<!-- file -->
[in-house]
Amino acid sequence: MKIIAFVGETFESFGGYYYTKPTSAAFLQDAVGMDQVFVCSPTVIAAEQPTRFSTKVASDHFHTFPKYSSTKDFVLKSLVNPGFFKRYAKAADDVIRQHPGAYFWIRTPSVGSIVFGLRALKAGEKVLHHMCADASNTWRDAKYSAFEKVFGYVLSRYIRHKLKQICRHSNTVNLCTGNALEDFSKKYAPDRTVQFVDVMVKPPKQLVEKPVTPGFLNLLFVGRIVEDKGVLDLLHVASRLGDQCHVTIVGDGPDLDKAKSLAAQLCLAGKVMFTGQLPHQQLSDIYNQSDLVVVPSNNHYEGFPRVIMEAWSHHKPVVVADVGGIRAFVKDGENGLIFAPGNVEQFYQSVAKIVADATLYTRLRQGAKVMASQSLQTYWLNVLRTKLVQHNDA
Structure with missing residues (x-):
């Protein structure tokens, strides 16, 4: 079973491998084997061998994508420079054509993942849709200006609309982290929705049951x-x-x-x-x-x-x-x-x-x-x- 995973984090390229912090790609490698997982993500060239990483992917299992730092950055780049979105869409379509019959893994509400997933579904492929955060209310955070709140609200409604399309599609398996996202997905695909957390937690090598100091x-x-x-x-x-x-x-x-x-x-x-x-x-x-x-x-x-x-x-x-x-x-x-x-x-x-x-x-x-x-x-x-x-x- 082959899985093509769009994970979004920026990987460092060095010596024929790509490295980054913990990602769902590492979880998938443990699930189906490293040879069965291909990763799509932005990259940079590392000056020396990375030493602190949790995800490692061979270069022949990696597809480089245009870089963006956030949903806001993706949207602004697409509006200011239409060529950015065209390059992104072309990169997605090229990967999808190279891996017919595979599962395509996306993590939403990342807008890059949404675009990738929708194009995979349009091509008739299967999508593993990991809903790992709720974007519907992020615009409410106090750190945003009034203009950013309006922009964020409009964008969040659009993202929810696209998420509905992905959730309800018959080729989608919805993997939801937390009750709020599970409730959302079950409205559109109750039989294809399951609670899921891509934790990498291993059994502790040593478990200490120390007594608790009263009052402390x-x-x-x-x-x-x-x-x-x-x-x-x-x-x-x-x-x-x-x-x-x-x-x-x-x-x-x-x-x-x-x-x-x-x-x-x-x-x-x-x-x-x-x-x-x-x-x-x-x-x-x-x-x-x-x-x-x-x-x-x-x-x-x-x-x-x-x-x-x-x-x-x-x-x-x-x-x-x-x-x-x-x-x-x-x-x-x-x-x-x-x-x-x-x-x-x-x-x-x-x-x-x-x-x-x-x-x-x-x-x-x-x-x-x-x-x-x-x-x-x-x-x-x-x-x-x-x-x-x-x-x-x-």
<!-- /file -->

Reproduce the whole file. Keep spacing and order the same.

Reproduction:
[in-house]
Amino acid sequence: MKIIAFVGETFESFGGYYYTKPTSAAFLQDAVGMDQVFVCSPTVIAAEQPTRFSTKVASDHFHTFPKYSSTKDFVLKSLVNPGFFKRYAKAADDVIRQHPGAYFWIRTPSVGSIVFGLRALKAGEKVLHHMCADASNTWRDAKYSAFEKVFGYVLSRYIRHKLKQICRHSNTVNLCTGNALEDFSKKYAPDRTVQFVDVMVKPPKQLVEKPVTPGFLNLLFVGRIVEDKGVLDLLHVASRLGDQCHVTIVGDGPDLDKAKSLAAQLCLAGKVMFTGQLPHQQLSDIYNQSDLVVVPSNNHYEGFPRVIMEAWSHHKPVVVADVGGIRAFVKDGENGLIFAPGNVEQFYQSVAKIVADATLYTRLRQGAKVMASQSLQTYWLNVLRTKLVQHNDA
Structure with missing residues (x-):
């Protein structure tokens, strides 16, 4: 079973491998084997061998994508420079054509993942849709200006609309982290929705049951x-x-x-x-x-x-x-x-x-x-x- 995973984090390229912090790609490698997982993500060239990483992917299992730092950055780049979105869409379509019959893994509400997933579904492929955060209310955070709140609200409604399309599609398996996202997905695909957390937690090598100091x-x-x-x-x-x-x-x-x-x-x-x-x-x-x-x-x-x-x-x-x-x-x-x-x-x-x-x-x-x-x-x-x-x- 082959899985093509769009994970979004920026990987460092060095010596024929790509490295980054913990990602769902590492979880998938443990699930189906490293040879069965291909990763799509932005990259940079590392000056020396990375030493602190949790995800490692061979270069022949990696597809480089245009870089963006956030949903806001993706949207602004697409509006200011239409060529950015065209390059992104072309990169997605090229990967999808190279891996017919595979599962395509996306993590939403990342807008890059949404675009990738929708194009995979349009091509008739299967999508593993990991809903790992709720974007519907992020615009409410106090750190945003009034203009950013309006922009964020409009964008969040659009993202929810696209998420509905992905959730309800018959080729989608919805993997939801937390009750709020599970409730959302079950409205559109109750039989294809399951609670899921891509934790990498291993059994502790040593478990200490120390007594608790009263009052402390x-x-x-x-x-x-x-x-x-x-x-x-x-x-x-x-x-x-x-x-x-x-x-x-x-x-x-x-x-x-x-x-x-x-x-x-x-x-x-x-x-x-x-x-x-x-x-x-x-x-x-x-x-x-x-x-x-x-x-x-x-x-x-x-x-x-x-x-x-x-x-x-x-x-x-x-x-x-x-x-x-x-x-x-x-x-x-x-x-x-x-x-x-x-x-x-x-x-x-x-x-x-x-x-x-x-x-x-x-x-x-x-x-x-x-x-x-x-x-x-x-x-x-x-x-x-x-x-x-x-x-x-x-």